If I might reword an old song, “What the world needs now” is a few more priests in the mold of St. Athanasius.
The recent media apoplexy over Fr. Jay Scott Newman of St.Mary’s in Greenville South Carolina throws a spotlight on the post-election fissure running through Catholic America.
Fr. Dwight Longnecker wrote of Fr. Newman (at Inside Catholic):
“Offering patriotic support and prayers for the president-elect, but also lamenting his radical pro-abortion policy, Father Newman told his parishioners:’Voting for a pro-abortion politician when a plausible pro-life alternative exists constitutes material cooperation with intrinsic evil, and those Catholics who do so place themselves outside of the full communion of Christ’s Church and under the judgment of divine law.’ He concluded that, if they voted for Obama, they ought to go to confession before coming to Communion.”
One imagines the great St. Athanasius looking on from heaven. Recall that the young Athanasius took on Arius and the Arian heresy. At that time, 325 A.D., there were many bishops who knew that the only correct formulation must make clear that Jesus was eternally begotten–that is, that the Son and the Father are co-eternal. Arius dissented and persuaded a goodly number of bishops to follow his path.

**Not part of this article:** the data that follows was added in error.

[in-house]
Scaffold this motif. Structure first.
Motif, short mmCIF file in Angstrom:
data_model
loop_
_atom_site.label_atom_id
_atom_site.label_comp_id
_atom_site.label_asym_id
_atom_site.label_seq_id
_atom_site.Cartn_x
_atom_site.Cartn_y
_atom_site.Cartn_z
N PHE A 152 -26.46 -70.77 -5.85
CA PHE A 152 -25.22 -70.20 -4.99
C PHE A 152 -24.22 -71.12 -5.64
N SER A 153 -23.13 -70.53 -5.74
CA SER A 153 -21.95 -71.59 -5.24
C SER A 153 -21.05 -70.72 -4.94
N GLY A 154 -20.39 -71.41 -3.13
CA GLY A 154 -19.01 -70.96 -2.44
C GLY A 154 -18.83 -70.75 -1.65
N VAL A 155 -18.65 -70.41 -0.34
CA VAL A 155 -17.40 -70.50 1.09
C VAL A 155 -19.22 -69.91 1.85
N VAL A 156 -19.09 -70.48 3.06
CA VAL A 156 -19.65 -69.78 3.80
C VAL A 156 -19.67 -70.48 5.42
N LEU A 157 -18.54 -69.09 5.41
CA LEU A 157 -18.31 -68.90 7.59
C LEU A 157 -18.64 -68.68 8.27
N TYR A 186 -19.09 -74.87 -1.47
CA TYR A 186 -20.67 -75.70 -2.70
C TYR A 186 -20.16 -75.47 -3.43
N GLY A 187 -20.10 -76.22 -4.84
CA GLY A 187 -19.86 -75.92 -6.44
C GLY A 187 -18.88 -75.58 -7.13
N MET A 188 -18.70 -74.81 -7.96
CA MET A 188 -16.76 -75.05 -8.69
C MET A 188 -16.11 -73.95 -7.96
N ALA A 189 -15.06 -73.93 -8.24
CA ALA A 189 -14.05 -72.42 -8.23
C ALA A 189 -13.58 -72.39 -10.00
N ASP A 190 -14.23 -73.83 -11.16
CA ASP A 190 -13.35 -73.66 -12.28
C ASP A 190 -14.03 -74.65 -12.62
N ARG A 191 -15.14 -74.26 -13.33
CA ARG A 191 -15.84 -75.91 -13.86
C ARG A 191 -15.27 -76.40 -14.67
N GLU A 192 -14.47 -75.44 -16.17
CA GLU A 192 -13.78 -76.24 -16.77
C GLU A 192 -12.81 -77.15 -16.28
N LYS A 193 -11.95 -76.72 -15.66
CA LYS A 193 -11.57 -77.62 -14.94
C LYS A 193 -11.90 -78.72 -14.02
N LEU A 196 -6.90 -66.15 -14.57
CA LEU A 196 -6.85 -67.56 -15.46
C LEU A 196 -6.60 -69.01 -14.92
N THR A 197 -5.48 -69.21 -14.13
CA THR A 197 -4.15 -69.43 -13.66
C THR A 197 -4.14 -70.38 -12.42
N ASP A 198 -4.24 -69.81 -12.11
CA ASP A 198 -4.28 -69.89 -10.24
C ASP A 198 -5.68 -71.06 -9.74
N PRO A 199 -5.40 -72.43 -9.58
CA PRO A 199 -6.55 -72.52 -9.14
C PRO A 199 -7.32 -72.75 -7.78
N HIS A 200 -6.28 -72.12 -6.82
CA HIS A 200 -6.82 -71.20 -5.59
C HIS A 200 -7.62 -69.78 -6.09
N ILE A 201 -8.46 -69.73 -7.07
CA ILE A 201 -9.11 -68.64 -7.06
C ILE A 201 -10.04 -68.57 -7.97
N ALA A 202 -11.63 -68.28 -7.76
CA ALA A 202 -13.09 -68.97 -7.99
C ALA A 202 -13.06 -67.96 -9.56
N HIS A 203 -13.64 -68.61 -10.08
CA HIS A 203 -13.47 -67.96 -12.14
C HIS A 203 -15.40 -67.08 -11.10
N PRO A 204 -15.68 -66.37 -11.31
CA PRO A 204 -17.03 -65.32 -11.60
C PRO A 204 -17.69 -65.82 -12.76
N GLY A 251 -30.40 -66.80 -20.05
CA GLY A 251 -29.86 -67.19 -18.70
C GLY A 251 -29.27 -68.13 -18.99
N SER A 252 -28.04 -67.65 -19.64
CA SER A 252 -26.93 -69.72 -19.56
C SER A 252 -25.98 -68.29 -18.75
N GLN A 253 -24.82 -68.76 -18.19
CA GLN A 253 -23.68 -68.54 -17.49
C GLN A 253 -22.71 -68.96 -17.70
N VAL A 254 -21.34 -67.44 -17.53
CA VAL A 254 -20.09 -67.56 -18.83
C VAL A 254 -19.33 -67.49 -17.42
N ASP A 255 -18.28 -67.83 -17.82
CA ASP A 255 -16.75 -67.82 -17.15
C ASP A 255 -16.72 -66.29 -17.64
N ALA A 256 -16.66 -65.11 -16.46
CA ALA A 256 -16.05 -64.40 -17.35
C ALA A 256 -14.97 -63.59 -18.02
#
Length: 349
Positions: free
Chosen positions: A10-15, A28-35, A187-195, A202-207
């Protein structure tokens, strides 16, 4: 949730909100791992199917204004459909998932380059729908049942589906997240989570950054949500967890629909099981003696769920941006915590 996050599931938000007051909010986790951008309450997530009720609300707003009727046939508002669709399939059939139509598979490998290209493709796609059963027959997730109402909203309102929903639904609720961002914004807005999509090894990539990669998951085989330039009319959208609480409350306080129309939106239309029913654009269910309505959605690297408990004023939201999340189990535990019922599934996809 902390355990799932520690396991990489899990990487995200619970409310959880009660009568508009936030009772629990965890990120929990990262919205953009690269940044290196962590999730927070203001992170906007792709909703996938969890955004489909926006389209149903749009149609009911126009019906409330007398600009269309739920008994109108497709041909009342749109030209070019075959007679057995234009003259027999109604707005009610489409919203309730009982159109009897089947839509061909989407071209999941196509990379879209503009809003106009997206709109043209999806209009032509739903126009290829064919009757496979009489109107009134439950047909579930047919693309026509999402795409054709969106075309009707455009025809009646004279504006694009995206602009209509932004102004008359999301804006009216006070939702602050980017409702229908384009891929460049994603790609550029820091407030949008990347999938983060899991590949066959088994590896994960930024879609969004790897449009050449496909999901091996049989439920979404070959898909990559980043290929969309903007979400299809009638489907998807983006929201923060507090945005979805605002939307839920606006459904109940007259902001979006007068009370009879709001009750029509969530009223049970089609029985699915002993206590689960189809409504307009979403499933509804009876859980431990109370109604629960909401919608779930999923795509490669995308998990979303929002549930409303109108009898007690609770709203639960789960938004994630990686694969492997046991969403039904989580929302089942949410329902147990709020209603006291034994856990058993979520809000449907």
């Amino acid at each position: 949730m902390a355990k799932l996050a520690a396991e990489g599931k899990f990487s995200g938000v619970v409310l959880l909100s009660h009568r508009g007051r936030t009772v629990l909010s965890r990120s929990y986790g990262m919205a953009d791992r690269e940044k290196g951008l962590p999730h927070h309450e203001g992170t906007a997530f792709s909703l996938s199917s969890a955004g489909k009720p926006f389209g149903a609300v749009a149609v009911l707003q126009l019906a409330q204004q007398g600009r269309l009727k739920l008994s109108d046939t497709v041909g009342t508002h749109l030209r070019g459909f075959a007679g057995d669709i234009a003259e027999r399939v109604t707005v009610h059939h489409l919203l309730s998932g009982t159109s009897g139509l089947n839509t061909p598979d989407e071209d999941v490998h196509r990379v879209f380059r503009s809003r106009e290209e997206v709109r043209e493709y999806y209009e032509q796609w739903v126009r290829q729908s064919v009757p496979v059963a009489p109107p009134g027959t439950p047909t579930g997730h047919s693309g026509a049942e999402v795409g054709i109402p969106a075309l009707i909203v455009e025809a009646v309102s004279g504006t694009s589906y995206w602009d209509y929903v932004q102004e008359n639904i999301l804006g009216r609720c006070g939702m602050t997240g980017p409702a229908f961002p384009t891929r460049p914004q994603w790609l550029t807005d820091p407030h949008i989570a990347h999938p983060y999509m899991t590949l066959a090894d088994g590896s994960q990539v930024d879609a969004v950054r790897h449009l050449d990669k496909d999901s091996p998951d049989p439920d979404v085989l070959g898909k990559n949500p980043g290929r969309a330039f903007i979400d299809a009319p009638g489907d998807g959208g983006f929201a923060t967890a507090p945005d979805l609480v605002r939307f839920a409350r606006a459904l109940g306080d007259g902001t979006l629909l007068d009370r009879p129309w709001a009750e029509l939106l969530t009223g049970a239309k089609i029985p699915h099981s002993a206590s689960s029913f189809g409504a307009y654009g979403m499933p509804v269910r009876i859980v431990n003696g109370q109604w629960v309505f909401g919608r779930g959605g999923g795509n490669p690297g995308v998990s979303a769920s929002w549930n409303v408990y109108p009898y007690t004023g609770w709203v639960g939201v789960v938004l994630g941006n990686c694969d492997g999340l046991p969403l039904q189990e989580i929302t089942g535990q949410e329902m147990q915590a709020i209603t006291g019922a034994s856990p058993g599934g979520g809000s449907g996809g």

The crucial point in regards to Fr. Newman of St. Mary’s is that, though the world’s bishops agreed privately with the young Athanasius, they were loath to create any sort of public division over the “one in being , one in substance” teaching –they sought a more “nuanced” and flexible formulation that would keep the peace…but lose the truth of faith. (For a rousing read on the drama of St. Athanasius, find a copy of Dorothy Sayers’ THe Emperor Constantine.)
St. Athanasius lived out most of his episopacy in exile. Reading between the lines, one recognizes that many of his fellow priests and bishops surely found him pesky …but the Church’s teaching was preserved.
Please pray for Fr. Jay Scott Newman.